Rare Buffalo Nickel Sells For $322k In 2008
In the world of coin collecting, there are few pieces as highly sought after as the buffalo nickel. Minted between 1913 and 1938, the buffalo nickel features a stunning design of an American bison and a Native American chieftain, capturing a moment in American history where the relationship between Native Americans and settlers was tumultuous.
The coin is made of 25% nickel and 75% copper, and its value is determined by its year of production and condition. However, one buffalo nickel stands out above the rest: the 1918/7-D series, which sold for a staggering $322,000 in 2008.
This rare buffalo nickel is considered one of the most valuable coins in the world, and its sale in 2008 caused a stir in the coin collecting community. But what makes this particular coin so special? In this article, we will explore the history and design of the buffalo nickel, how to evaluate it and spot fakes, and the value and rarity of this iconic piece of American history.
Whether you are a collector or simply interested in the history of American currency, the story of the rare buffalo nickel and its $322,000 sale in 2008 is one that fascinates and intrigues.
History and Design
The buffalo nickel, minted by the US government between 1913 and 1938 and designed by James Earle Fraser, played an important role in the history of America's relationship with Native Americans during this period and underwent a few minor changes during its 25-year run.
The coin features an American bison on one side and a Native American chieftain on the other, both iconic figures in American history. The bison was a symbol of the American west, and the Native American chieftain represented the people who inhabited that land long before European settlers arrived.
James Earle Fraser designed both sides of the buffalo nickel, which was only minted by three different mints: Philadelphia, Denver, and San Francisco.
The buffalo nickel underwent a few minor changes during its 25-year run, including the removal of the words 'five cents'from the reverse side of the coin in 1938. The design was replaced by the Jefferson nickel, which is still in circulation today.
Despite its relatively short run, the buffalo nickel remains one of the most popular U.S. coins and is worth far more than its face value to collectors and investors alike.
Evaluating and Spotting Fakes
Evaluating the condition, mint mark, color, and strike of a buffalo nickel is crucial for determining its value and authenticity. A buffalo nickel's condition is graded on a scale from poor to mint state, with higher grades indicating better preservation. The mint mark identifies where the coin was minted, with the most valuable buffalo nickels typically coming from the Denver or San Francisco mints. The color of a buffalo nickel can vary depending on its age and exposure to the environment. Finally, the strike refers to the quality of the coin's impression, with better strikes being more valuable.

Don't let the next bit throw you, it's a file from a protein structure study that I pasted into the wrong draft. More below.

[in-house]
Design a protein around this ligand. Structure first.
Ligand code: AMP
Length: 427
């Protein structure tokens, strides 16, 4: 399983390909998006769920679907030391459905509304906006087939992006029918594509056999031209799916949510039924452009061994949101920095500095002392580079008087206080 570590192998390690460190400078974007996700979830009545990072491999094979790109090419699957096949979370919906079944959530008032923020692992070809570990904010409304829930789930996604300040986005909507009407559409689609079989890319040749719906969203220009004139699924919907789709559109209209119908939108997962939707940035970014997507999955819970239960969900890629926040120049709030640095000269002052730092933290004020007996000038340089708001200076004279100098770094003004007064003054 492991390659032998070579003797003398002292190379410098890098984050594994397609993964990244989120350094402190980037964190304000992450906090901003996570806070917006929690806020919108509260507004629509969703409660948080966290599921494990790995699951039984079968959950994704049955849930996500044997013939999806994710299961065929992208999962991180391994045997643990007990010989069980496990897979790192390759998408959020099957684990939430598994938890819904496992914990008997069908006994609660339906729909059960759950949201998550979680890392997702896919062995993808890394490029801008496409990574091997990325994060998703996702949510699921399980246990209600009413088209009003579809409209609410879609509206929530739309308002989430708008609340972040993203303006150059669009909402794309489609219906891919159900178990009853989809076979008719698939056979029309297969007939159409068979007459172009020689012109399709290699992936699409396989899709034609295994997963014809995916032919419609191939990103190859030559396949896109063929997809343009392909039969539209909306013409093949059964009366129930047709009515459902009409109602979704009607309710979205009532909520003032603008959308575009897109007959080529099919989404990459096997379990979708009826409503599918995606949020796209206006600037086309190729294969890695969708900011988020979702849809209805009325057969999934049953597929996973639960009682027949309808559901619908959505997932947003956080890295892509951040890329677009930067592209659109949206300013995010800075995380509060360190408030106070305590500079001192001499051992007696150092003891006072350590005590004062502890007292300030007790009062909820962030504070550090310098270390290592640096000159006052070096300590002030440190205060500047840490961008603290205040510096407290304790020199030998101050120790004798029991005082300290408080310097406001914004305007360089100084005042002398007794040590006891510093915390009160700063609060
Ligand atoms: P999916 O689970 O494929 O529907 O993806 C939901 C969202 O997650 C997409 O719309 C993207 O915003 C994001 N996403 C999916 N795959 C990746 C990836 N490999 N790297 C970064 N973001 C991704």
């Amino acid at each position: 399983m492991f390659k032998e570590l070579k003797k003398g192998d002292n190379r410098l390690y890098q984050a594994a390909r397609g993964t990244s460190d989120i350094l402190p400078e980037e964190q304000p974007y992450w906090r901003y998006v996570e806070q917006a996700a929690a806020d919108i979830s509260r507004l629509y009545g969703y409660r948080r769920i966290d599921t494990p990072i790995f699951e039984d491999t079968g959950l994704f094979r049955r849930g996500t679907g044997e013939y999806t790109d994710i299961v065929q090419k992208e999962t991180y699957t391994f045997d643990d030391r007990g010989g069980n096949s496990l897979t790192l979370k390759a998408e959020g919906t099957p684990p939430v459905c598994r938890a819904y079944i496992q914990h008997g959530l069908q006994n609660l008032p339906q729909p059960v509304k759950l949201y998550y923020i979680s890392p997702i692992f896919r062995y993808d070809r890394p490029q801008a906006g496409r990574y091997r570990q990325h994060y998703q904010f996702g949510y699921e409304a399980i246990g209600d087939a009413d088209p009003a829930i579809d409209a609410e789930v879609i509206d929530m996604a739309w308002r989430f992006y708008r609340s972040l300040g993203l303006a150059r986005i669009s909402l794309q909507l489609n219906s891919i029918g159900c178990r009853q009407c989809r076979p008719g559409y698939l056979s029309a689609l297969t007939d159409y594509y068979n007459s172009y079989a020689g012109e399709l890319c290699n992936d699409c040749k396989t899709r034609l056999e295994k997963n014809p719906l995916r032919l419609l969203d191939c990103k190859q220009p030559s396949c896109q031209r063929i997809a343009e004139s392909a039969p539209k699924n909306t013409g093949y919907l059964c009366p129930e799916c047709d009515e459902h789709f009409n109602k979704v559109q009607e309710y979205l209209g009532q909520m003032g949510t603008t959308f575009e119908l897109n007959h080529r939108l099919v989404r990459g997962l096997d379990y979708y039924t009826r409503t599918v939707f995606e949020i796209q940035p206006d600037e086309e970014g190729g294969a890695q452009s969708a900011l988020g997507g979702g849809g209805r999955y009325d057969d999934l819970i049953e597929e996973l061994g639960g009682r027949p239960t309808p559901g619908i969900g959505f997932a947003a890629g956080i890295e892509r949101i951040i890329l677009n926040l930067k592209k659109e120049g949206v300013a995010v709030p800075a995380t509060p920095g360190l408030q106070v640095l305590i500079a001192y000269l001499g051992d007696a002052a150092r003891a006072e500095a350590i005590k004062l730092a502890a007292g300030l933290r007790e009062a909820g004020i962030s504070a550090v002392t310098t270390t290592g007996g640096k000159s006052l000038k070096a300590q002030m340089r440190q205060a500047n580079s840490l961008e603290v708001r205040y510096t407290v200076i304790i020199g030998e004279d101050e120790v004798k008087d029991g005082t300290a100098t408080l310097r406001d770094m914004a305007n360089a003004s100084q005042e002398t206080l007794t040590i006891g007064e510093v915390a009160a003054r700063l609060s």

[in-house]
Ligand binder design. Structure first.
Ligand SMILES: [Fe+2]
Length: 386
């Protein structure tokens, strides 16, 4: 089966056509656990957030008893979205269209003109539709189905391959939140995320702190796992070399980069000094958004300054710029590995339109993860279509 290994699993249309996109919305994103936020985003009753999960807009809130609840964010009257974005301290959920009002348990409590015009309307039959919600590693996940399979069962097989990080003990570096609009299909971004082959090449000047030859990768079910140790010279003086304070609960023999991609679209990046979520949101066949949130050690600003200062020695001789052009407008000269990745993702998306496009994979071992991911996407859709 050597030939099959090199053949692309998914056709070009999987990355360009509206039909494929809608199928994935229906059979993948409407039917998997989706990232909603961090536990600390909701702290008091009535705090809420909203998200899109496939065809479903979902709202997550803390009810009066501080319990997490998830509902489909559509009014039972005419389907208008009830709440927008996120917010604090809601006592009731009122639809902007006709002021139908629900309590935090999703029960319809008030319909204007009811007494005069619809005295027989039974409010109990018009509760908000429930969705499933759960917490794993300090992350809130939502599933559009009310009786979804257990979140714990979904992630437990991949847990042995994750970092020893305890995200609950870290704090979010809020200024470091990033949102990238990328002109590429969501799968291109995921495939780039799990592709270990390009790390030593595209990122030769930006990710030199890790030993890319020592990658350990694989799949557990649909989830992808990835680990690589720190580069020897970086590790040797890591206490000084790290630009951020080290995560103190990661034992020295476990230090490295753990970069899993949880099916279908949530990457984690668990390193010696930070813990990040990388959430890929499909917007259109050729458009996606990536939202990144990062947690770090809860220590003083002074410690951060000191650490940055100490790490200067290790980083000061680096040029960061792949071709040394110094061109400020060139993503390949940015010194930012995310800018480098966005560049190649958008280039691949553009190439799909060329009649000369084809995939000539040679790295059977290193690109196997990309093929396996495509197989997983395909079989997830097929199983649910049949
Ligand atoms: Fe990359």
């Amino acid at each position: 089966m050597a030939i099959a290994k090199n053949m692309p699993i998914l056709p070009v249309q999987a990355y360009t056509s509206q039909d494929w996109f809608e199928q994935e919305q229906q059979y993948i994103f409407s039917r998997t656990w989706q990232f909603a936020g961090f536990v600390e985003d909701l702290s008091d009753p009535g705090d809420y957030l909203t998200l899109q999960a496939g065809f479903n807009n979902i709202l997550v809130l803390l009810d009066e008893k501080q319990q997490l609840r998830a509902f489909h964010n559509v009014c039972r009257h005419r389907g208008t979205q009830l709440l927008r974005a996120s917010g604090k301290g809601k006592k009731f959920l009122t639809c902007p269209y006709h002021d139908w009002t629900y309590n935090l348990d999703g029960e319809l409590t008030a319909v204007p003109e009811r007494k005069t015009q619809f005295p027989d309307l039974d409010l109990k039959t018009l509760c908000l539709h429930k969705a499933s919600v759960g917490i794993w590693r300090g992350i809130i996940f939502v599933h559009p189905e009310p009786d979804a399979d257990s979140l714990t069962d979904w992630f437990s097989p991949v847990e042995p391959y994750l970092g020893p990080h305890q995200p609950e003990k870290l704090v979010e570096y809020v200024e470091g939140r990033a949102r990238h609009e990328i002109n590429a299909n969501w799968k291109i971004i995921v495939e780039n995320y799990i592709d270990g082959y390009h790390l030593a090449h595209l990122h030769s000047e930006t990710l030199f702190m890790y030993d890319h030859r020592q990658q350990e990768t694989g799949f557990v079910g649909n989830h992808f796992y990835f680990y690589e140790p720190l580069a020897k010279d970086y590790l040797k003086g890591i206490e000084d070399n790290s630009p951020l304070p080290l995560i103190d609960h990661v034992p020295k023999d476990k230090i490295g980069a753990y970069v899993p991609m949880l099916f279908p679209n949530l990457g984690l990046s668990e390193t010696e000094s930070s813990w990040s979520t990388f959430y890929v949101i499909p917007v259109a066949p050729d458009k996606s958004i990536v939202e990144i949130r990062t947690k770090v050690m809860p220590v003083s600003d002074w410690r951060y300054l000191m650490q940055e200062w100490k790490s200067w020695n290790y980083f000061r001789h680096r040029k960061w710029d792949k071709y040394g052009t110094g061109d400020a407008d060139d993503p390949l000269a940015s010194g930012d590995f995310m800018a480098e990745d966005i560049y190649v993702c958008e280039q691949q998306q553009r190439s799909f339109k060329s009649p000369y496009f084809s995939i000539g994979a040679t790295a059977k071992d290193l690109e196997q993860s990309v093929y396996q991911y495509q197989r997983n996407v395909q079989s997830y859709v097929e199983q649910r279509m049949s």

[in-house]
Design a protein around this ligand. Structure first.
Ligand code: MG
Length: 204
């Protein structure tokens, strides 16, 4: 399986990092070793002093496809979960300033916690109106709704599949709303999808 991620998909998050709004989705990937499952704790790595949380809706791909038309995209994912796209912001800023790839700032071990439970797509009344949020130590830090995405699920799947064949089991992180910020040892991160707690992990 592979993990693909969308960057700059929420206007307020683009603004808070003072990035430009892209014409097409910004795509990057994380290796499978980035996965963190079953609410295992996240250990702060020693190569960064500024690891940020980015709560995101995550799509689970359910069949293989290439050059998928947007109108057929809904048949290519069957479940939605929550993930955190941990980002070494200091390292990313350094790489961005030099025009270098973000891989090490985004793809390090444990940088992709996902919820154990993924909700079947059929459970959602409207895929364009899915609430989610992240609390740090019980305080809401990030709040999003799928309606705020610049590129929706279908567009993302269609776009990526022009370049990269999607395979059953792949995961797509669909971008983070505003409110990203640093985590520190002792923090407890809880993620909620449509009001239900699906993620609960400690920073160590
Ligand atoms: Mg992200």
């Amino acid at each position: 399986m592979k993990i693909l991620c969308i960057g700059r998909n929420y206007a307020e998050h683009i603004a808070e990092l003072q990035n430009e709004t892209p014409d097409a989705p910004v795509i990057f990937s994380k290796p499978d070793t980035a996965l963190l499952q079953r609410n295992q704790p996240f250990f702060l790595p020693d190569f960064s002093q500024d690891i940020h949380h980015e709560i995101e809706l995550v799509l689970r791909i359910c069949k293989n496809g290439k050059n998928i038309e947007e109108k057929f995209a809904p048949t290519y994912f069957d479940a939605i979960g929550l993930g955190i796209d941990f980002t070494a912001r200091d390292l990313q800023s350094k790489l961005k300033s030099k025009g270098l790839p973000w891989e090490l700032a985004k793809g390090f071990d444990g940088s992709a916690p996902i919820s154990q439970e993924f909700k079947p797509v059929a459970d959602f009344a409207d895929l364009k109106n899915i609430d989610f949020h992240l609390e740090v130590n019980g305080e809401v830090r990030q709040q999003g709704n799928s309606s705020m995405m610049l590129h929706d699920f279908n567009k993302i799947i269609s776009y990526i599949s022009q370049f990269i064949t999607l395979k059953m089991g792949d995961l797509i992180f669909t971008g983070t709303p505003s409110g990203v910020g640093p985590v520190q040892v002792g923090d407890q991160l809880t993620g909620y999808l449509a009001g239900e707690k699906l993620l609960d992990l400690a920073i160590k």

Spotting a fake buffalo nickel requires a keen eye for detail. Scratches, stains, dirt, or other blemishes can indicate that the coin is not genuine. Checking the mint mark is also crucial, as some counterfeiters may try to pass off a buffalo nickel from a less valuable mint as coming from a more valuable one. Additionally, the color of a fake buffalo nickel may not match that of a genuine coin. Finally, examining the strike can also help identify a fake buffalo nickel, as counterfeiters may not be able to create a high-quality impression. Overall, evaluating a buffalo nickel and spotting fakes is essential for collectors and investors alike, as it can mean the difference between acquiring a valuable coin or a worthless fake.
|Condition||Scratches, stains, dirt, or other blemishes|
|Mint mark||Checking the mint mark|
|Color||Examining the color of the coin|
|Strike||Examining the strike of the coin|
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Value and Rarity
Assessing the worth of a buffalo nickel entails considering factors such as its year of production, condition, and any minting errors. For collectors and investors alike, the rarity of a buffalo nickel significantly affects its value. The 1918/7-D series is the most valuable, but other rare buffalo nickels, such as the over 3, doubled die, and 3-1/2 legs, can also fetch a high price.
Mint condition, without scratches, stains, dirt, or other blemishes, is also significant in determining the worth of a buffalo nickel.
The rarity of a buffalo nickel is what makes it an appealing investment for collectors. The thrill of finding a rare buffalo nickel can evoke a sense of excitement and satisfaction in collectors, as they possess a unique piece of American history.
Owning a rare buffalo nickel can also serve as a reminder of America's past, especially in the relationship between the Native Americans and the government during the early 1900s. Therefore, the value of a buffalo nickel goes beyond its monetary worth and can have sentimental significance for collectors.
Where to Buy Buffalo Nickel
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